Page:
Why learn Jazz Piano?

You Don’t Need Sheet Music

Improvisation, or "spontaneous composition," is at the heart of the jazz approach.  Outside of a big band setting, jazz musicians rely very little on the printed manuscript.  In fact, jazz music is deeply rooted in the American spirit of freedom, with an emphasis on the performers’ voice.  Classical music, on the other hand, places a much higher emphasis on serving the composer’s intentions.  One reason why …

Why does the piano have its shape?

Why does the piano have its familiar curved shape? 

The piano is actually a stringed instrument so when you hit a key on the piano keyboard it sets a hammer in motion and the hammer strikes a string.  The string then vibrates and transfers its vibration energy to the sound board and the sound board radiates to the room.  The piano has 88 keys and each key produces a different pitch.  …

Meade "Lux" Lewis plays "Honky Tonk Train Blues"

Meade "Lux" Lewis (1905-1964) was an American pianist and composer, known for his contributions to the development of boogie-woogie music. 

Born in Chicago, Illinois, he began playing piano at an early age and was influenced by the blues and jazz music that was popular in the city.  He became a professional musician in the 1920s and quickly gained a reputation for his lively and energetic piano playing.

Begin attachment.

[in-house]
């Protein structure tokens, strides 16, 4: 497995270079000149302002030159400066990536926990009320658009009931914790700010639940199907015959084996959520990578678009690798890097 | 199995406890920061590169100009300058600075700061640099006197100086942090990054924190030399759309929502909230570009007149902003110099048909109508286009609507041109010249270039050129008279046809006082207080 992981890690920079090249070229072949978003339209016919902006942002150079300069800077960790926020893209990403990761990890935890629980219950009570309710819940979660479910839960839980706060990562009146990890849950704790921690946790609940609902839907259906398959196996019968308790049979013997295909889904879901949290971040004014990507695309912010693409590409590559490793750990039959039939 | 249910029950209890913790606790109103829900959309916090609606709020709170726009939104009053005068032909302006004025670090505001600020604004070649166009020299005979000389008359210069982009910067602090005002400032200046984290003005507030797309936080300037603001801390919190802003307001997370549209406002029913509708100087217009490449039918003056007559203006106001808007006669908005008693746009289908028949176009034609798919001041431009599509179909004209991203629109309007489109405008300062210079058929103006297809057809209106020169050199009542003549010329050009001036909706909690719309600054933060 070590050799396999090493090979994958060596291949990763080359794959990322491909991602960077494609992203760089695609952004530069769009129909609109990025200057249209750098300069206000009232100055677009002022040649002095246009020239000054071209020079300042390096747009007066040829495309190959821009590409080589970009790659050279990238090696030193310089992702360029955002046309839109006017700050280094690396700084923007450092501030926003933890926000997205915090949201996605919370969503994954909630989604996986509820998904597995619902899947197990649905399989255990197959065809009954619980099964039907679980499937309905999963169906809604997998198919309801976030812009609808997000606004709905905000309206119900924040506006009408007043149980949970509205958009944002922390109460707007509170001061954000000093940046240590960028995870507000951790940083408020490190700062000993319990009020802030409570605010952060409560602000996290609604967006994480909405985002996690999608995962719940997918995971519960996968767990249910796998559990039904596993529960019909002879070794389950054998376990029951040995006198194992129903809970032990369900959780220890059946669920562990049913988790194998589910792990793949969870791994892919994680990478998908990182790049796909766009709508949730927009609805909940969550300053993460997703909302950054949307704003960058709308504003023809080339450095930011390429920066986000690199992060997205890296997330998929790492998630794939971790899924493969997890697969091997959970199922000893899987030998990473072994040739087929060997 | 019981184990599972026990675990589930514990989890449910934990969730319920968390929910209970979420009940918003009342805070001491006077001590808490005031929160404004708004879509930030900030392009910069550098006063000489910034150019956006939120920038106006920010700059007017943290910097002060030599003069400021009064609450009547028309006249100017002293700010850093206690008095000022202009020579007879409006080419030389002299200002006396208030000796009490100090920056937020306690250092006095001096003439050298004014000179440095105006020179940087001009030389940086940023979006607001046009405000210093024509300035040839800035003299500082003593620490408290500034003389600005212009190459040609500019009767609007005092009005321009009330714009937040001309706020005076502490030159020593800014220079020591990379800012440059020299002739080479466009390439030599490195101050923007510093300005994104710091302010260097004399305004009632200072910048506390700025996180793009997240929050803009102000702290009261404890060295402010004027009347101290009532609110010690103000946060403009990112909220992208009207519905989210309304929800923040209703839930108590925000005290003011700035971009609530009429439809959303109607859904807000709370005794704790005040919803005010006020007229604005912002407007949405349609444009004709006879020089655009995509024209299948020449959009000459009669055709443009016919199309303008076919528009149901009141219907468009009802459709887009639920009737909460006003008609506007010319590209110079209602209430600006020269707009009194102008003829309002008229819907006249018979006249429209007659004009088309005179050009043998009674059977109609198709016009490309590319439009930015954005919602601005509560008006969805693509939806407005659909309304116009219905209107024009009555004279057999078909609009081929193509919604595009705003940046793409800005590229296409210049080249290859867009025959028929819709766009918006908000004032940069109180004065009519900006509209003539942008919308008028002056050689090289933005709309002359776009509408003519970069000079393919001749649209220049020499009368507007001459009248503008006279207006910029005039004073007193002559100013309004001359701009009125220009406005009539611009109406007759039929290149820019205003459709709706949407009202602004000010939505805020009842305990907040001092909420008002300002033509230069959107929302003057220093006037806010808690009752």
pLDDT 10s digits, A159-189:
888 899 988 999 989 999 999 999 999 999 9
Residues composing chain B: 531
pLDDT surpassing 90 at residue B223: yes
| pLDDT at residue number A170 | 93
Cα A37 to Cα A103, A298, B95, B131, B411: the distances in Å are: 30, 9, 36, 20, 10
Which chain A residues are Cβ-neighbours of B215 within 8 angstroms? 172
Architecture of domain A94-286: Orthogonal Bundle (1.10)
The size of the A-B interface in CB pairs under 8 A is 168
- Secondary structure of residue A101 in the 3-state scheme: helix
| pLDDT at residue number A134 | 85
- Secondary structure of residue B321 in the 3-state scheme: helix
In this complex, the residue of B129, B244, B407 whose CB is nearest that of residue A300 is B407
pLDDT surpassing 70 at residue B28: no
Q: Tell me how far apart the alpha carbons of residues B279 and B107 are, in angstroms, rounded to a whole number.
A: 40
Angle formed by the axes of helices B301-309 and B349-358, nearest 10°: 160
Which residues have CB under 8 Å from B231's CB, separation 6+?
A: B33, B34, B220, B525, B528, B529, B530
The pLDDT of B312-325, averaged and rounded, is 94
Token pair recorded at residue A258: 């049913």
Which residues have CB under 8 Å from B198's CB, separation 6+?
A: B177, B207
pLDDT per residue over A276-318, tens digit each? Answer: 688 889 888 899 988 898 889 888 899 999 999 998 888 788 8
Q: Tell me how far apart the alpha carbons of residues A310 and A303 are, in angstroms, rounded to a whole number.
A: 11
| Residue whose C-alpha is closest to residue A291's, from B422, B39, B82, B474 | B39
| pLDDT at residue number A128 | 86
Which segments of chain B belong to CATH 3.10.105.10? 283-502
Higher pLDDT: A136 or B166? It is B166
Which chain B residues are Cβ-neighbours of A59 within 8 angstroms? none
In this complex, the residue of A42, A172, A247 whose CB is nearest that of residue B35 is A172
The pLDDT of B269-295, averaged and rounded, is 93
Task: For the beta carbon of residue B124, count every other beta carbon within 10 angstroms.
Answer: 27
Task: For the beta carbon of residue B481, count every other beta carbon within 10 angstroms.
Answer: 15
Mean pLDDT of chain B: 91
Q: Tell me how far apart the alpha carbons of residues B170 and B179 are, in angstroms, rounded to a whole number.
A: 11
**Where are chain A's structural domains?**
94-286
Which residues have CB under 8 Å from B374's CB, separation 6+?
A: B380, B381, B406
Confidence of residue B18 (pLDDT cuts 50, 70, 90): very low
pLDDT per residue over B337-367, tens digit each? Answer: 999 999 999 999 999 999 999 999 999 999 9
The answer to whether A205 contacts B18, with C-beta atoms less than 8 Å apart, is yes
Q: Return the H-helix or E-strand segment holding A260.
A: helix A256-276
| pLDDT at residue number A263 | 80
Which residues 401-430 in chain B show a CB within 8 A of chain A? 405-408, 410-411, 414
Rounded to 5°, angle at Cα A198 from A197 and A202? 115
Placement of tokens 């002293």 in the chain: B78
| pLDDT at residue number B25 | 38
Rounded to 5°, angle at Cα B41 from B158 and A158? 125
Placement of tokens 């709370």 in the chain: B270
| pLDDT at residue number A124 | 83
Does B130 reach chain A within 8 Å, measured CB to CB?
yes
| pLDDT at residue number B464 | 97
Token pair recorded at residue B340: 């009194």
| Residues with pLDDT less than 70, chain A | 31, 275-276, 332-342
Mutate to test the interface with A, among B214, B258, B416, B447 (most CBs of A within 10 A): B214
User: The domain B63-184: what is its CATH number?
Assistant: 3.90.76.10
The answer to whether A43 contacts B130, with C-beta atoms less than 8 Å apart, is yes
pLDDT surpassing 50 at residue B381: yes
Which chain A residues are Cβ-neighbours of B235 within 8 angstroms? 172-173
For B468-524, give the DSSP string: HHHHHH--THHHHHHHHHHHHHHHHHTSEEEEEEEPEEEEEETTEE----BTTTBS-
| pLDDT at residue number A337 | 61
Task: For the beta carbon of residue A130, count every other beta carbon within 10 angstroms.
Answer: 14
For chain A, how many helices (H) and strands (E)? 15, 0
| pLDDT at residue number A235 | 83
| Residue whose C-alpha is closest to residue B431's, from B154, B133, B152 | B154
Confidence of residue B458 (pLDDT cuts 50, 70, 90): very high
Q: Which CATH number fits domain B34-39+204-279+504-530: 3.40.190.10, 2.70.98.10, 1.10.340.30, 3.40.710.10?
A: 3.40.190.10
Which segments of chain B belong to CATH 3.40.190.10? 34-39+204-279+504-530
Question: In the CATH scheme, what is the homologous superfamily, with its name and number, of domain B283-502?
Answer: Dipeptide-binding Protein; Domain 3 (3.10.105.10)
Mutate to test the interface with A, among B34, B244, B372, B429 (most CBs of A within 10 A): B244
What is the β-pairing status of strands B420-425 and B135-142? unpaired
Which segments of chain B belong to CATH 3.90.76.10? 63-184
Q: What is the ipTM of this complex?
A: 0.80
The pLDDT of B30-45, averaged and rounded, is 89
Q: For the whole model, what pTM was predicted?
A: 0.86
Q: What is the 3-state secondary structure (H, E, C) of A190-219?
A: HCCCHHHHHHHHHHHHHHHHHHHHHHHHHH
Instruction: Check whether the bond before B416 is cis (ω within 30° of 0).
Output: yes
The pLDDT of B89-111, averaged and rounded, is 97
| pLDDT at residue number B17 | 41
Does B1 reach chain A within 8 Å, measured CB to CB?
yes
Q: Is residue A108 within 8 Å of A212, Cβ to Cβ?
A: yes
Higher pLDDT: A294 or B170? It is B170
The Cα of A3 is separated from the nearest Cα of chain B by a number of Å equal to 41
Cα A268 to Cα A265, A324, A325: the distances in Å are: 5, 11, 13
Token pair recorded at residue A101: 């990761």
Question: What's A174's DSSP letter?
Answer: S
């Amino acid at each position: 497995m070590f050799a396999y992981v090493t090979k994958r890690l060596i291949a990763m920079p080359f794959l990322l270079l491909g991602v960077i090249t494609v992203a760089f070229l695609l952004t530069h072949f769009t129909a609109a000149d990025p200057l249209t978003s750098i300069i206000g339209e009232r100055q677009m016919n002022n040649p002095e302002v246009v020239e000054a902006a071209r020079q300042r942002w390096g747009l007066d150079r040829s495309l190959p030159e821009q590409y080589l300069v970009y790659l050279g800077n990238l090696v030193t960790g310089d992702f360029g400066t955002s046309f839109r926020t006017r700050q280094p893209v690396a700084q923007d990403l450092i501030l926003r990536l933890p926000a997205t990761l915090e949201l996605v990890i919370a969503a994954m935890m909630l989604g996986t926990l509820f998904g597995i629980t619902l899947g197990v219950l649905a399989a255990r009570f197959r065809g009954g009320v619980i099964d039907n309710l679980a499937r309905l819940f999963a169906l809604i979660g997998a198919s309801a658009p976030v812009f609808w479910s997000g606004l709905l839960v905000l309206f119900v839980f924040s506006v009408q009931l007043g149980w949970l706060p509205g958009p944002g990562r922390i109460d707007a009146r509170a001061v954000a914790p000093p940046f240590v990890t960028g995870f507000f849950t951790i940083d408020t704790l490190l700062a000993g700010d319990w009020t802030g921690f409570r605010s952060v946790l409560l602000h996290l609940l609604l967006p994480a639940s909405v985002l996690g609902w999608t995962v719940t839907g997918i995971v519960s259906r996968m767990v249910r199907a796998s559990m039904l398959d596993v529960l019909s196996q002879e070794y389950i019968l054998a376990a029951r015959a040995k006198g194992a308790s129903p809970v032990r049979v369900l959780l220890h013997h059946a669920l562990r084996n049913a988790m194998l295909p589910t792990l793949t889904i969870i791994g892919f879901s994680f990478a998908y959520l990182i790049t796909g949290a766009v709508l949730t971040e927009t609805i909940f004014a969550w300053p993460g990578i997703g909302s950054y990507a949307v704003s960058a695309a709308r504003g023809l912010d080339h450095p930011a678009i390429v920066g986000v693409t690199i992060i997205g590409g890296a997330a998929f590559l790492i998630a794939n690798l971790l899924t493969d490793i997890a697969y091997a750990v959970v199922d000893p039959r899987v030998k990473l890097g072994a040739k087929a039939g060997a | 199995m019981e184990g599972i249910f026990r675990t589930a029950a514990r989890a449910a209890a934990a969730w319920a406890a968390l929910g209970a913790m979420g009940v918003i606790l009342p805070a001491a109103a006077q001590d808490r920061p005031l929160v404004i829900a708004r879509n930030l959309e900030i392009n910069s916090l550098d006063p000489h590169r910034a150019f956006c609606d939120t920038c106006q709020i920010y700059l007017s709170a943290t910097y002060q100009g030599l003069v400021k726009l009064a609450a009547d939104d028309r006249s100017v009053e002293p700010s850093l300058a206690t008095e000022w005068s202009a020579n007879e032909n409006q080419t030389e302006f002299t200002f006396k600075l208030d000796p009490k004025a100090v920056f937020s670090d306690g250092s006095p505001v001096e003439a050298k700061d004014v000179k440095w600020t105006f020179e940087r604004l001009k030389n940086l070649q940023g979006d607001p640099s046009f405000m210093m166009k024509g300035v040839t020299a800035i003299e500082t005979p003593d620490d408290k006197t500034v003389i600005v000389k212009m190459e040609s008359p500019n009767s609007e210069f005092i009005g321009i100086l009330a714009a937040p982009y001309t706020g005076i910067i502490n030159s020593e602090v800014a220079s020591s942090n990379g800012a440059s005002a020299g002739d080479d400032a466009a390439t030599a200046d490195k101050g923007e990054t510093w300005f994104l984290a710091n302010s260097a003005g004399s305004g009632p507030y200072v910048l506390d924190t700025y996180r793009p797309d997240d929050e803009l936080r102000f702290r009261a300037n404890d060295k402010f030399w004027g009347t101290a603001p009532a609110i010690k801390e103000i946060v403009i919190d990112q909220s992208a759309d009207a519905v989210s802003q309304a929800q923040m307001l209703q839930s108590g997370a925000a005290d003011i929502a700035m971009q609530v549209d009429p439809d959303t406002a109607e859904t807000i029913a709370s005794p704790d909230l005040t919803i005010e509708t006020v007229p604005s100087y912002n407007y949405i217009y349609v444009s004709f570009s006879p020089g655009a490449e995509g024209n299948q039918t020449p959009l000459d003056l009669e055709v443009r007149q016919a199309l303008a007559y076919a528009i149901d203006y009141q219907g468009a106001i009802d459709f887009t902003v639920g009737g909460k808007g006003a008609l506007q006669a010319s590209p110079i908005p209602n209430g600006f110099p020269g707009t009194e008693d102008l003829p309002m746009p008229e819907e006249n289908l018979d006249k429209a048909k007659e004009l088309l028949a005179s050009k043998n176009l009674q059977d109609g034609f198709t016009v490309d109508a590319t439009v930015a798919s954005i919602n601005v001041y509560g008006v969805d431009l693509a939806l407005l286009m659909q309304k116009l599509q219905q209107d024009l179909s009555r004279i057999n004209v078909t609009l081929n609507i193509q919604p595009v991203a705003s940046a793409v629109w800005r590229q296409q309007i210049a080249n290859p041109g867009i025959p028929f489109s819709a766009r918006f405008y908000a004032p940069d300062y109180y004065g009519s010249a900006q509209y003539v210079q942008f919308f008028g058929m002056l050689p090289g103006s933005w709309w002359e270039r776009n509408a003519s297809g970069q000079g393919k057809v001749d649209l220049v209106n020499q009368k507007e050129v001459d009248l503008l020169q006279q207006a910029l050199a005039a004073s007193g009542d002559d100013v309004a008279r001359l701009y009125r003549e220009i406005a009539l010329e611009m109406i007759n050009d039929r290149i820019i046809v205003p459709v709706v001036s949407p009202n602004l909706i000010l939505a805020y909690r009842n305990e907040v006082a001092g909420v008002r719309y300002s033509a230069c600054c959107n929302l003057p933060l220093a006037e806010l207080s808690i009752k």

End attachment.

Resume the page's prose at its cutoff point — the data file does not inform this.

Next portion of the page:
Lewis was a member of …

The story behind Chopin's Fantasie-Impromptu

Julian Fontana (1810-1869) was one of Chopin's closest friends and they spent time together from their very youngest days.  

Their relationship whilst they were in Warsaw was very close.  In 1828 at Bucholtz Hall they performed the Rondo in C major for two pianos, Opus 73, together.  

After the November Uprising was put down Fontana met Chopin in Paris in 1832 and for some time was his student – a fact he …

Simon Barere's tragic death

Simon Barere was born in Odessa (then Russian Empire, now part of Ukraine) in 1896.  He showed his pianistic prowess from an young age.  Fellow Russian composer Alexander Glazunov had spotted Barere's talents early on, describing him as,  "Anton Rubinstein in one hand and Franz Liszt in the other". Barere was soon studying at the St. Petersburg Conservatory, where he was taught by Felix Blumenfeld; the same pianist who taught …